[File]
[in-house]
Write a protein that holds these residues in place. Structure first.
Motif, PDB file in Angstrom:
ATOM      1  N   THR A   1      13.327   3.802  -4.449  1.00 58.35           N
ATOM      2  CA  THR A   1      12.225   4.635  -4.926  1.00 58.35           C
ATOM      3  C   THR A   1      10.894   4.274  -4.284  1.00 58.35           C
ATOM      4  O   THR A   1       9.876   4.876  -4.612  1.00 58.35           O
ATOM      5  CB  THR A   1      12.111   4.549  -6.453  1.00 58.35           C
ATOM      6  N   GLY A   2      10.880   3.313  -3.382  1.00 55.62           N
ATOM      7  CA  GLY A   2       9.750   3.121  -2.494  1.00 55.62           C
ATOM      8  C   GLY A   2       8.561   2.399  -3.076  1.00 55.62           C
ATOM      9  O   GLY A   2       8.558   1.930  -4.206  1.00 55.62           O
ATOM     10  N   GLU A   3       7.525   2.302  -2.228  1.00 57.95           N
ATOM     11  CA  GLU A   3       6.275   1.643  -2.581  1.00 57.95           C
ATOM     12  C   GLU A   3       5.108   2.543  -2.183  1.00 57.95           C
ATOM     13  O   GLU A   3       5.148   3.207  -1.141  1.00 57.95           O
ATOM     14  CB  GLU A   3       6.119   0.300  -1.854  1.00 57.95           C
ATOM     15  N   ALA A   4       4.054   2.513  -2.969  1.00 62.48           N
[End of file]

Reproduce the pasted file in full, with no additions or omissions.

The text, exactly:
[in-house]
Write a protein that holds these residues in place. Structure first.
Motif, PDB file in Angstrom:
ATOM      1  N   THR A   1      13.327   3.802  -4.449  1.00 58.35           N
ATOM      2  CA  THR A   1      12.225   4.635  -4.926  1.00 58.35           C
ATOM      3  C   THR A   1      10.894   4.274  -4.284  1.00 58.35           C
ATOM      4  O   THR A   1       9.876   4.876  -4.612  1.00 58.35           O
ATOM      5  CB  THR A   1      12.111   4.549  -6.453  1.00 58.35           C
ATOM      6  N   GLY A   2      10.880   3.313  -3.382  1.00 55.62           N
ATOM      7  CA  GLY A   2       9.750   3.121  -2.494  1.00 55.62           C
ATOM      8  C   GLY A   2       8.561   2.399  -3.076  1.00 55.62           C
ATOM      9  O   GLY A   2       8.558   1.930  -4.206  1.00 55.62           O
ATOM     10  N   GLU A   3       7.525   2.302  -2.228  1.00 57.95           N
ATOM     11  CA  GLU A   3       6.275   1.643  -2.581  1.00 57.95           C
ATOM     12  C   GLU A   3       5.108   2.543  -2.183  1.00 57.95           C
ATOM     13  O   GLU A   3       5.148   3.207  -1.141  1.00 57.95           O
ATOM     14  CB  GLU A   3       6.119   0.300  -1.854  1.00 57.95           C
ATOM     15  N   ALA A   4       4.054   2.513  -2.969  1.00 62.48           N